Fastjet introduces third commercial aircraft
By Oliver Kazunga
Low-cost airline, Fastjet Zimbabwe, has introduced a third Embraer ERJ145 aircraft into commercial service in the country.
The 50-seater aircraft that was introduced on the Harare-Bulawayo route touched down at Joshua Mqabuko Nkomo International Airport in Bulawayo last Friday with the airline’s board and management, officials from Government, hospitality and aviation sectors as well as passengers on board.
Fastjet board chair Advocate Farai Mutamangira said they were optimistic the introduction of the new aircraft would make huge business impact despite the Covid-19 pandemic.
“We are seeing the outlook beyond the pandemic. We are also motivated by Government’s response to the outbreak of the pandemic. Look at the rate at which we have accelerated the vaccination of our population, the Government has done its part and as a private sector we need to complement that by doing our part,” he said in an interview.
The additional aircraft, Embraer ERJ145, offers capabilities that are compatible with the Zimbabwean and South African regional market needs including a comfortable cabin environment, said the company.
“Fleet renewals and additions are things that airlines do on a constant basis especially when the base dictates that there is a boom, so we are very happy to be adding this new baby to the fleet and we think that it’s going to add more convenience and comfort and more connectivity to the various destinations within the country as well as in the region,” said Adv Mutamangira.
He said the company was looking beyond the pandemic and was therefore optimistic.
Fastjet connects three major cities in Zimbabwe by flying between Harare, Victoria Falls and Bulawayo as well as linking these destinations with Johannesburg. Going forward, the airline plans to service more routes in the region.
“It’s a lot of work to service the route networks that are available in the region, it cost money to service new routes. We continue to look at possibilities in terms of demand,” said Adv Mutamangira.
He said the company was engaging others in the industry, including Air Zimbabwe, so that they could work together.
Earlier this month, the airline announced the introduction of double daily flights between Bulawayo and Johannesburg. In May, Fastjet increased daily flight frequency between Victoria Falls and Johannesburg in South Africa in response to demand. Increased frequency is expected to help clients reduce the time spent while waiting at the airport through a flexible timetable.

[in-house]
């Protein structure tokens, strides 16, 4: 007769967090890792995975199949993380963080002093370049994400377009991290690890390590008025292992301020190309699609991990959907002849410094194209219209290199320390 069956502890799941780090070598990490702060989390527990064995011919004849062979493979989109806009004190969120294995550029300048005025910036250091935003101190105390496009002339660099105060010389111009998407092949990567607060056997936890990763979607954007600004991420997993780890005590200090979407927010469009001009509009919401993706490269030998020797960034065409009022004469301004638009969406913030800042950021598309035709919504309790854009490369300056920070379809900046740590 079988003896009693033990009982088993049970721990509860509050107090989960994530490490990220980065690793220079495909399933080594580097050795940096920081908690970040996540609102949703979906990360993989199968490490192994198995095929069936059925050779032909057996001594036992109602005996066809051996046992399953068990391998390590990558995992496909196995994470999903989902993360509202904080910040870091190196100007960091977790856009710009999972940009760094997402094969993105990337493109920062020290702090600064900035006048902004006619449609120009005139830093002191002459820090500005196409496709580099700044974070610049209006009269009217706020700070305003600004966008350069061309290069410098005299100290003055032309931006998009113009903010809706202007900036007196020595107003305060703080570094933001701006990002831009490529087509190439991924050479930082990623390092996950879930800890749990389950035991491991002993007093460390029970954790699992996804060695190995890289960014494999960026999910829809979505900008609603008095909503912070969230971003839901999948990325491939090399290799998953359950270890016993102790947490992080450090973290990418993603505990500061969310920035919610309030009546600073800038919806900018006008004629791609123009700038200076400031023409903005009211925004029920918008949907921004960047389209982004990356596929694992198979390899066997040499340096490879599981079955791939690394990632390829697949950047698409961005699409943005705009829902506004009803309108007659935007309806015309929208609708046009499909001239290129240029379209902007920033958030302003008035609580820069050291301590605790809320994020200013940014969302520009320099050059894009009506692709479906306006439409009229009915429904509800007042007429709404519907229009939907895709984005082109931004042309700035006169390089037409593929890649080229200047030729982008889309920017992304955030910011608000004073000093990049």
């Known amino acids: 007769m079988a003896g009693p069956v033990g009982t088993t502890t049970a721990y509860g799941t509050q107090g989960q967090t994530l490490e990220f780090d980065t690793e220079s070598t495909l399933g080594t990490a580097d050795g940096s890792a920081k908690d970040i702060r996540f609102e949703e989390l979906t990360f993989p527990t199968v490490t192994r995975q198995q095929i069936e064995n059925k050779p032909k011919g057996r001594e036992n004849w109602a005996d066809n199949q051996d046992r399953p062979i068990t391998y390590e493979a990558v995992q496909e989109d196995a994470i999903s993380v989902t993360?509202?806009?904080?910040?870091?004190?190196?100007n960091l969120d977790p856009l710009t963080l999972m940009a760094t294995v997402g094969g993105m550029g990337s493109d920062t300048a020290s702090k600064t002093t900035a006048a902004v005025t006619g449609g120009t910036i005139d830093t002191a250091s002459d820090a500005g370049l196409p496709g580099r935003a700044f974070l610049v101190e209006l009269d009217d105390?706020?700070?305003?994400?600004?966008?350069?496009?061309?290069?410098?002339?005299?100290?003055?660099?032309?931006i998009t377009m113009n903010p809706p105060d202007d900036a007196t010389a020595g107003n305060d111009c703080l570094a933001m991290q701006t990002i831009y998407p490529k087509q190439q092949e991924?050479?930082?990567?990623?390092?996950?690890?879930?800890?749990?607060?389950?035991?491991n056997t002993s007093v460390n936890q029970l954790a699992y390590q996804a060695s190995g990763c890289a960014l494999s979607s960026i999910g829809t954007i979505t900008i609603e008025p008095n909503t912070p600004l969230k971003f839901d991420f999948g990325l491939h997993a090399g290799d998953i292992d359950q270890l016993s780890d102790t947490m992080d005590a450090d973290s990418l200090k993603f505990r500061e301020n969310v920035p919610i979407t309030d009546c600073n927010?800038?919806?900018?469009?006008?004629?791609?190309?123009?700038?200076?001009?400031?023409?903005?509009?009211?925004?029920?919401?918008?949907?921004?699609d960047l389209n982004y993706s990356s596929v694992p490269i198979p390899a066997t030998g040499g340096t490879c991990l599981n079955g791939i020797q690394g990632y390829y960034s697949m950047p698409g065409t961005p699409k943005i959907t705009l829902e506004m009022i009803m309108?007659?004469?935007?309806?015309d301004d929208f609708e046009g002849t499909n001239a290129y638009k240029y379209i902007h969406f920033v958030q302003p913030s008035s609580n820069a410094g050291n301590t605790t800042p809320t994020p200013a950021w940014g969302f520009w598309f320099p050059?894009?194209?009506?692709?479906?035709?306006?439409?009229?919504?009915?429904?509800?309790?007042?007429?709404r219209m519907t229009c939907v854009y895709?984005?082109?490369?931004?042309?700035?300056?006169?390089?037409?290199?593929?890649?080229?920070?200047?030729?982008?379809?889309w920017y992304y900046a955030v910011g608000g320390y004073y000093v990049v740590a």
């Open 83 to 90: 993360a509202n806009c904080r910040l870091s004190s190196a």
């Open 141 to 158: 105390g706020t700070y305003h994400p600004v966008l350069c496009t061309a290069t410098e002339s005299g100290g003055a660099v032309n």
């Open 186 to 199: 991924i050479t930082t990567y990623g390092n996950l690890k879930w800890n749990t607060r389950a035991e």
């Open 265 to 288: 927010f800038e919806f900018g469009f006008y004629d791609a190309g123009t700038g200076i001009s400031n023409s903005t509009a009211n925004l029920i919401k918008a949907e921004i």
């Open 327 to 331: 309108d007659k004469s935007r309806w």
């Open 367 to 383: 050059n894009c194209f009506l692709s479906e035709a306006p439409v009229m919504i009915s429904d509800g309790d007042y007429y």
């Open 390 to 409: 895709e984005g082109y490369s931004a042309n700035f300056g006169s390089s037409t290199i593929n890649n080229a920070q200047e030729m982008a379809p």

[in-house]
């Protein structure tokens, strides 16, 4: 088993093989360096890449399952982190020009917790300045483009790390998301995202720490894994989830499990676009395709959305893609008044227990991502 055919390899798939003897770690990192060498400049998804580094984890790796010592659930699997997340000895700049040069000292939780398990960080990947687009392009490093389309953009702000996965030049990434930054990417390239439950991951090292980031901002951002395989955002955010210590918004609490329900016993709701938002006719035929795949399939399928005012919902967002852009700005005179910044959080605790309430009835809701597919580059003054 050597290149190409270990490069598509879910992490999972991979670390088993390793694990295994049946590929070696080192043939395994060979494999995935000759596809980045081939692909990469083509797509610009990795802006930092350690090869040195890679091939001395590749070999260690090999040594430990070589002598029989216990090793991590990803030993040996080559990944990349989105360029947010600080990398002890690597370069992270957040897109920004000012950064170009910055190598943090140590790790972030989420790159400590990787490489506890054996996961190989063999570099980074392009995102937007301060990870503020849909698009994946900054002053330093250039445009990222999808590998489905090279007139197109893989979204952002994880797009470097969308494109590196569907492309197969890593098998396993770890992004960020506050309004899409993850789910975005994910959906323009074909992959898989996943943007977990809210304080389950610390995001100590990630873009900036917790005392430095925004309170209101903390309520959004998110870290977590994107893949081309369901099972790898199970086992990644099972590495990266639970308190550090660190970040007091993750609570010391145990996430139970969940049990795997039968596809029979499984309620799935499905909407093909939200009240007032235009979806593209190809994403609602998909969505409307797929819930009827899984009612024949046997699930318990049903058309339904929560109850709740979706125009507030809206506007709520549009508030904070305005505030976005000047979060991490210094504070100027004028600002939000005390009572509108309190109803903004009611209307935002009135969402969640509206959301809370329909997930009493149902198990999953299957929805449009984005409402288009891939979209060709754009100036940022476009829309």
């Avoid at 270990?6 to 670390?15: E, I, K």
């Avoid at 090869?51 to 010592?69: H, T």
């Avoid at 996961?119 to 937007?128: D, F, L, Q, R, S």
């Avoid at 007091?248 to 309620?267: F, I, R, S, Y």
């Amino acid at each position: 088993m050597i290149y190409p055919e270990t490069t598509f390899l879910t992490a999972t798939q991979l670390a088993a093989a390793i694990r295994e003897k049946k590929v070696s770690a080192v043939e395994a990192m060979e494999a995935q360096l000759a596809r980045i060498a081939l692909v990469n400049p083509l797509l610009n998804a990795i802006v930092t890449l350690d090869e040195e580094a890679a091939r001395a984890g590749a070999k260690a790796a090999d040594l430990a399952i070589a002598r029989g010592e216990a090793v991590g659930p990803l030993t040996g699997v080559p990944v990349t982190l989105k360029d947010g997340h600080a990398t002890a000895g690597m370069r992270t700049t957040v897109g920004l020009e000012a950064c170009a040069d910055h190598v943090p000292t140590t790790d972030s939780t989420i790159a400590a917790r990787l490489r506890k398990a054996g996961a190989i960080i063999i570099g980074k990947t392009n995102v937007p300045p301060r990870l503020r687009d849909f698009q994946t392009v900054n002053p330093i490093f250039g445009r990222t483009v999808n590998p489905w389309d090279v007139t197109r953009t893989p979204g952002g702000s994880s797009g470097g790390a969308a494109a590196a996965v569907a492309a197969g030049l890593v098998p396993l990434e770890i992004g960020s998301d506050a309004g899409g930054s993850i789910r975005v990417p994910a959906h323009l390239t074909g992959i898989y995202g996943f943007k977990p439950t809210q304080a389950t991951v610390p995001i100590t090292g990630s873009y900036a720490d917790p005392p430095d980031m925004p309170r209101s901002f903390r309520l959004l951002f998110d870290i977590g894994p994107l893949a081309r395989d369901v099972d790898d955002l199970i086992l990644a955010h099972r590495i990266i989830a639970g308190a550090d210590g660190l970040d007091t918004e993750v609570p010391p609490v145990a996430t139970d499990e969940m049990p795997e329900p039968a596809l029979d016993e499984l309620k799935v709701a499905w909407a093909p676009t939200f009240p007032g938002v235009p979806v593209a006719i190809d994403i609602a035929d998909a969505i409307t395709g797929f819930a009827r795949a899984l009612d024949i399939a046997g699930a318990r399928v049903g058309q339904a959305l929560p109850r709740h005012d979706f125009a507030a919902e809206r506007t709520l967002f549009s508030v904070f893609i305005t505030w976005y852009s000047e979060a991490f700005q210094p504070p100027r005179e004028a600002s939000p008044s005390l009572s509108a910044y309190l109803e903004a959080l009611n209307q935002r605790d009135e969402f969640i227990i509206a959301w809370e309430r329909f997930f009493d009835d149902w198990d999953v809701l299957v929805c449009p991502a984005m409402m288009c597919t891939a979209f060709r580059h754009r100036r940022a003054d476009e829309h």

In a separate interview, Airports Company of Zimbabwe board chairman Mr Dave Popatlal commended Fastjet for introducing a new aircraft in the country, saying this shows the level of confidence they have in the economy.
“This initiative will ignite other players in our flying fraternity and citizens, especially those from industry and commerce, should be happy.
They have a possibility of also getting international connecting flights from Harare and also from Victoria Falls. Victoria Falls is becoming a hub of international traveling with companies like Lufthansa now flying directly,” he said.
FastJet has reaffirmed its commitment to offering reliable flight connections across regional networks and contributing towards the recovery and renewal of leisure and corporate tourism mainly in Zimbabwe, South Africa and the continent at large.
Director for policy planning in the Ministry of Transport and Infrastructural Development Mr Allowance Sango, said the Government was proud of achievements demonstrated by Fastjet.
“We have seen now they are registering their fourth aircraft in Zimbabwe and as a government we continue to provide the relevant infrastructural support,” he said.
“We are aware that movement and connectivity is not about planning within a confined sector, we look at inter-mode transportation, road, rail, air as well as inland waters.”
Fastjet is a multi-award-winning African-value airline that began flight operations in 2012. Since commencing operations, Fastjet has flown over 3,5 million passengers. The Chronicle